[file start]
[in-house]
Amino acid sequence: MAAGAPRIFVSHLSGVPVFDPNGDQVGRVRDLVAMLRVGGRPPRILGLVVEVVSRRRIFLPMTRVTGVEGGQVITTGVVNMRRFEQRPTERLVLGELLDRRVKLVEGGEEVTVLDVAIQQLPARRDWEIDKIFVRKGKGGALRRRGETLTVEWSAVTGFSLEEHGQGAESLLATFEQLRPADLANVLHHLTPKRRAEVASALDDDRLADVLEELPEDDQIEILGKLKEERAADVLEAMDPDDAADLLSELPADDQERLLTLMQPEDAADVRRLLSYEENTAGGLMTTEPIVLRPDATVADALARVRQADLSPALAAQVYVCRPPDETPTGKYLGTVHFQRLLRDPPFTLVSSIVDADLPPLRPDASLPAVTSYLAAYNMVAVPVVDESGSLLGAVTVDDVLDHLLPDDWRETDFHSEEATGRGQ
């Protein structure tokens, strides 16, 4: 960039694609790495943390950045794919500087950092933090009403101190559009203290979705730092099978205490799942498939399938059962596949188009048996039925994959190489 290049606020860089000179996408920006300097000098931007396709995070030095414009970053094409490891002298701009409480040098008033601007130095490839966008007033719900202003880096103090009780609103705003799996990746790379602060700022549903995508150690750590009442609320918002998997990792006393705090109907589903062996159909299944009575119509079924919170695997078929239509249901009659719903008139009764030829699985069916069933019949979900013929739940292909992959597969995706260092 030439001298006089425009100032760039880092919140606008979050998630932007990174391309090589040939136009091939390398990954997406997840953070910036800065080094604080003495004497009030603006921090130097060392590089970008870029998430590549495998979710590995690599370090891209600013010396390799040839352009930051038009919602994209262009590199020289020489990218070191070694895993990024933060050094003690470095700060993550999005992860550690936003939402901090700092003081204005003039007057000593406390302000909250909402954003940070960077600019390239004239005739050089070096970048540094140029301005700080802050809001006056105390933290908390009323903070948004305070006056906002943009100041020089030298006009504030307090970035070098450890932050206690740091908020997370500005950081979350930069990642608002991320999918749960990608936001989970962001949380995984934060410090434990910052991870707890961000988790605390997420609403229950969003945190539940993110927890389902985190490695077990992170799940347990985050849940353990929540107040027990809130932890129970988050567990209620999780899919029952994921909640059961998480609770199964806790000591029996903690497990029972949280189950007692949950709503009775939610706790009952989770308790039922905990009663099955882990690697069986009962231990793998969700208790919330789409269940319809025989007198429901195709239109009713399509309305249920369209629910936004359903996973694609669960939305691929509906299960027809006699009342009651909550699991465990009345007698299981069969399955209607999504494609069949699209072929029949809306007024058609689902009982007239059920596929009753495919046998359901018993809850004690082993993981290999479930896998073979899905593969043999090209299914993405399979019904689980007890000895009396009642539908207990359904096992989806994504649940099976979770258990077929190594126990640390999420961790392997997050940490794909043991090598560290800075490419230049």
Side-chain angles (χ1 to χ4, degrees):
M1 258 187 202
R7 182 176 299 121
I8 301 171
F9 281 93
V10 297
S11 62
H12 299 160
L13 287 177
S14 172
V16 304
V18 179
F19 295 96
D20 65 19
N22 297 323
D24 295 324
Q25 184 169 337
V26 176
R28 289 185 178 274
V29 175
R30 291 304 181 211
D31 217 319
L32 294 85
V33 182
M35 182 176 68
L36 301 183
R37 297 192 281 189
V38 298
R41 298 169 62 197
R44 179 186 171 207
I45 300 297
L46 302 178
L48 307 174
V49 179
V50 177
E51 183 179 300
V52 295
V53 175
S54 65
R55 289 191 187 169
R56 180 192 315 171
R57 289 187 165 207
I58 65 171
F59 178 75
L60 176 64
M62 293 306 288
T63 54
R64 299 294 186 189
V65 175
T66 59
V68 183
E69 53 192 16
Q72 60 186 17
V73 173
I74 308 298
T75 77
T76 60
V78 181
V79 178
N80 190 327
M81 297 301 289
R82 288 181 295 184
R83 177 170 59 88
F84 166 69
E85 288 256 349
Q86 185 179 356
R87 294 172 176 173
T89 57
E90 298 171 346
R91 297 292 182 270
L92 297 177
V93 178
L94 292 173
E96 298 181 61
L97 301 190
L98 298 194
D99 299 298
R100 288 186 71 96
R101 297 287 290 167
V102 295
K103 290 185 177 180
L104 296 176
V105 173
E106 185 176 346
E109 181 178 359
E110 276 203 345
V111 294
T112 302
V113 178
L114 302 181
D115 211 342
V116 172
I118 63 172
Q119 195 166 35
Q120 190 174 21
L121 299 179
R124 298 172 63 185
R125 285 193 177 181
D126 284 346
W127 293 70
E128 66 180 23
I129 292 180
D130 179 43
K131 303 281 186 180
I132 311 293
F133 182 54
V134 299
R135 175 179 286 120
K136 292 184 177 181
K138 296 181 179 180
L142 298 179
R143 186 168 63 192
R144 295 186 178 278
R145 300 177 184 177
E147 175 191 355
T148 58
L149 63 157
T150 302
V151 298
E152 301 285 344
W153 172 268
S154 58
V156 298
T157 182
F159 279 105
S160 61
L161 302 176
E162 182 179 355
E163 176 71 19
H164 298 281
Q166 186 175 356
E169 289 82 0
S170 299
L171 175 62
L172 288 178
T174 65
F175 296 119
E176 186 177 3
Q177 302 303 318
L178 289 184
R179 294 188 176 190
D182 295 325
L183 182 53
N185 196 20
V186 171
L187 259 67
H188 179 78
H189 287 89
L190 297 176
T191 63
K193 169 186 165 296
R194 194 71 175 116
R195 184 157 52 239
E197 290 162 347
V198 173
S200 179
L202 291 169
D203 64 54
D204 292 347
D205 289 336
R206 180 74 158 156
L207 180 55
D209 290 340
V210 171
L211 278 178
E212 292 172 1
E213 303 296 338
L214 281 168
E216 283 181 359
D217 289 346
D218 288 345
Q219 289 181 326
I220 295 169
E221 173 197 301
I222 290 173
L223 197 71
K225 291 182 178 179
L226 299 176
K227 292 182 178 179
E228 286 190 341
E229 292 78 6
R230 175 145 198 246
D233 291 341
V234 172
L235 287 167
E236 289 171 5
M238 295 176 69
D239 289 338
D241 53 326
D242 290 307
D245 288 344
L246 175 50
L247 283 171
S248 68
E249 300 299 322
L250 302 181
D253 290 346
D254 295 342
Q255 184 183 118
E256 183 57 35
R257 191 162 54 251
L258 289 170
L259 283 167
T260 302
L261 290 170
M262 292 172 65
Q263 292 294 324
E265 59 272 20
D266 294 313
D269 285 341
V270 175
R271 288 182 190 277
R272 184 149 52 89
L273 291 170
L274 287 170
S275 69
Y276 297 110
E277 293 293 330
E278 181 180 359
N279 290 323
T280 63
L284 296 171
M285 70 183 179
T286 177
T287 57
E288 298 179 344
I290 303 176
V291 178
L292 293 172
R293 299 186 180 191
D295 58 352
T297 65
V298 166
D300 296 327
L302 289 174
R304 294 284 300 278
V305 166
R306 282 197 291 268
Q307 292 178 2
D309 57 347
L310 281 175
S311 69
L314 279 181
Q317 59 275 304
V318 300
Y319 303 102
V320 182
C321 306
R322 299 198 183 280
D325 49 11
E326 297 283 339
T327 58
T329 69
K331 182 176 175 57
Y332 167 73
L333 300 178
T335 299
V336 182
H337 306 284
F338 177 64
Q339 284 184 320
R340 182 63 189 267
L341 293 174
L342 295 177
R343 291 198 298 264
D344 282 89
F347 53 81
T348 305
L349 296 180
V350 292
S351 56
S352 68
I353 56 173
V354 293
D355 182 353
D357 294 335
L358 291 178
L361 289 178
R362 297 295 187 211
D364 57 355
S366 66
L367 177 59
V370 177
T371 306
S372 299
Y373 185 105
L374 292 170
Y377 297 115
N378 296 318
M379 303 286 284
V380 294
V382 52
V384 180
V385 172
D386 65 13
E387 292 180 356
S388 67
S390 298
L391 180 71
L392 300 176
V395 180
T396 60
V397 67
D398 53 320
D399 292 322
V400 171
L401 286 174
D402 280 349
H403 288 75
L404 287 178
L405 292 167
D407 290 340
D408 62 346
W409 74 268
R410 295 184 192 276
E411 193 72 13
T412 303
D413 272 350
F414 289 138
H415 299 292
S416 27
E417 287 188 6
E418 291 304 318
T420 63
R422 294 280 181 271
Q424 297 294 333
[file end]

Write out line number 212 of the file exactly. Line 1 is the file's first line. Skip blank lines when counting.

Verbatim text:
D266 294 313